Federal agents charge sex harassment on '60 Minutes'

Jan. 9, 1993
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NEW YORK -- Female agents of the federal Bureau of Alcohol, Tobacco and Firearms accuse the agency of widespread sexual harassment and of trying to quash their complaints through intimidation, according to a CBS News '60 Minutes' story to be aired Sunday.

Three agents told the news program that during their careers with the Treasury Department agency, both superiors and co-workers routinely coaxed or tried to force them into sex, even during surveillance activities, and often in view of other workers.

And when the agents filed formal complaints, the bureau launched investigations and smear campaign against them, eventually leading to one agent's demotion, CBS reported.

That agent, Sandra Davis, charged that her initial interview with the bureau took place in a hotel room where the interviewer, whom she identified as agent Mike Gonzalez, tried to intimidate her into having sex with him.

Agent Michele Roberts said she was sexually harassed at the bureau for years. 'I had dildoes left on my desk every morning when I came in to work... On another occasion I was held against the hood of my car and I had my clothes ripped at by two other agents.'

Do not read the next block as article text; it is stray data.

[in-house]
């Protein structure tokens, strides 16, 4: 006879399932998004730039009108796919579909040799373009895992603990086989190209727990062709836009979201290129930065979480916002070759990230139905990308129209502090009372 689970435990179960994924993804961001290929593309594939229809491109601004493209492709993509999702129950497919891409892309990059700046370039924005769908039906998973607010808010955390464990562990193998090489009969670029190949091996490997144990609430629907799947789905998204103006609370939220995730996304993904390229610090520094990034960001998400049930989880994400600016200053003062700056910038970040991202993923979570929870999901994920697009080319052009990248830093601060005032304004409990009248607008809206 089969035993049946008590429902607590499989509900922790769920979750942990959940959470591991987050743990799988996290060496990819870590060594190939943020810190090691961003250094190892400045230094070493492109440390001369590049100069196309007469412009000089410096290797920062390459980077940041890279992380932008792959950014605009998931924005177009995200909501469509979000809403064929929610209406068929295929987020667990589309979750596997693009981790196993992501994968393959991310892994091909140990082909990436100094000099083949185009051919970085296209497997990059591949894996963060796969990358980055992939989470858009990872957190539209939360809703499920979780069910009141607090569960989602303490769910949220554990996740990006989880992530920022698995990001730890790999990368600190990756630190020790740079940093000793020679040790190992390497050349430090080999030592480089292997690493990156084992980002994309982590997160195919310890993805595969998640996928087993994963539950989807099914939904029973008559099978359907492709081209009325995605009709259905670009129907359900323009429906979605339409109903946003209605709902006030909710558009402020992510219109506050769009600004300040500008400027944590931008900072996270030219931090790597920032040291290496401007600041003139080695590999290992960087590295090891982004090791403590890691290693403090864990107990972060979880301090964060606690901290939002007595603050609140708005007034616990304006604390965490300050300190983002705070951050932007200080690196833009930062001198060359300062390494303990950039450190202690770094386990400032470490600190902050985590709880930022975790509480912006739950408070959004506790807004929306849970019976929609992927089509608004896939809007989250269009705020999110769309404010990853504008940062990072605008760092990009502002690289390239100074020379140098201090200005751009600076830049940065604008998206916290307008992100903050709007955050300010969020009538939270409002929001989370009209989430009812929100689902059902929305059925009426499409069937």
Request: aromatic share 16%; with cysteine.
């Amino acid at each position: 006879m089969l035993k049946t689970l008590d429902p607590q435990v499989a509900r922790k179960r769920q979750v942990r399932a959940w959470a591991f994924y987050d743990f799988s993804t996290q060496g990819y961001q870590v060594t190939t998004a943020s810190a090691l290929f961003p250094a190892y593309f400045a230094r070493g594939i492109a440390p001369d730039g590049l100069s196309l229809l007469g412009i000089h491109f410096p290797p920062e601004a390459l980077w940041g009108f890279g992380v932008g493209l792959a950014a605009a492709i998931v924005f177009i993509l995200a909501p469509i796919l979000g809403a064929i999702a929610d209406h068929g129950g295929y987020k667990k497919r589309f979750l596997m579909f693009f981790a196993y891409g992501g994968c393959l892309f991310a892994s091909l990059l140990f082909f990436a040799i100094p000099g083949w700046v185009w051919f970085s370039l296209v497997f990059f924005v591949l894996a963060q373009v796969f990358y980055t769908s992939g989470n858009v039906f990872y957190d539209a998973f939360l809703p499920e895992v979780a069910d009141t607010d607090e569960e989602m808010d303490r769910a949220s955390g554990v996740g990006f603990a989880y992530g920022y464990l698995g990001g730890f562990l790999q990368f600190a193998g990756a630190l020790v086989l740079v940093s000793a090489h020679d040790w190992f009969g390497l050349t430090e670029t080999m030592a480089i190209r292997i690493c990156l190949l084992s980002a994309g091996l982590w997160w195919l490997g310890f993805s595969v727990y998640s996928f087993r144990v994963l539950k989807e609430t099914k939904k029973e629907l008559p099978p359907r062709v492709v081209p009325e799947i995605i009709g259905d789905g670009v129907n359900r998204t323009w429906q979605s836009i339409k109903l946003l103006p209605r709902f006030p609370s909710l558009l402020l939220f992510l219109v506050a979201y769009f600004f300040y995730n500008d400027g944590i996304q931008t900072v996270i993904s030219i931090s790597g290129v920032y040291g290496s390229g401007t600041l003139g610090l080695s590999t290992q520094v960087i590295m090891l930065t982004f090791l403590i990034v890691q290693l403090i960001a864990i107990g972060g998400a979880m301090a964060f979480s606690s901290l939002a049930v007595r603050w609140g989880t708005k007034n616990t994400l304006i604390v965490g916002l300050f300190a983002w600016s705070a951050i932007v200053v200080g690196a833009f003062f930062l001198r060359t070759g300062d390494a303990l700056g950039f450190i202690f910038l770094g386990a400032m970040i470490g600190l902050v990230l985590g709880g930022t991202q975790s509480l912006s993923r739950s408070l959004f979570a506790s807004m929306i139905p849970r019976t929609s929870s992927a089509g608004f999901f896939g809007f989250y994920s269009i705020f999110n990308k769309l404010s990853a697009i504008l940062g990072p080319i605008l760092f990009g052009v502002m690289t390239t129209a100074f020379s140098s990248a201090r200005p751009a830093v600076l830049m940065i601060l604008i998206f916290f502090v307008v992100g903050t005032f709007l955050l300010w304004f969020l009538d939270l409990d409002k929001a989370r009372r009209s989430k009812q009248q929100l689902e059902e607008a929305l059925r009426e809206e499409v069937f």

When a formal complaint was filed within the bureau against Gonzalez, the agency in turn launched a probe of Davis, producing a background report that alleged she 'had a history of mental illness...was promiscious and (used drugs),' Davis told CBS.

Stephen Higgins, the bureau's director, told '60 Minutes' his agency takes sexual harassment charges seriously and does not condone retaliation against alleged victims.

'Reprisal is as much a violation of the law as the original harassment,' Higgins said in the interview. 'It's not acceptable here and we do take action about it.'

Robert Harris, a staffer for Sen. John Glenn, D-Ohio, told CBS he directed a Senate committee investigation into ATF, and said its findings support the agents' claims, especially regarding retaliatory action against whistleblowers.

'First, that supervisor may totally attack their credibility, totally attack their competence as a performer in their particular work. ...Once you file a complaint, you become retroactively incompetent.'NEWLN: (

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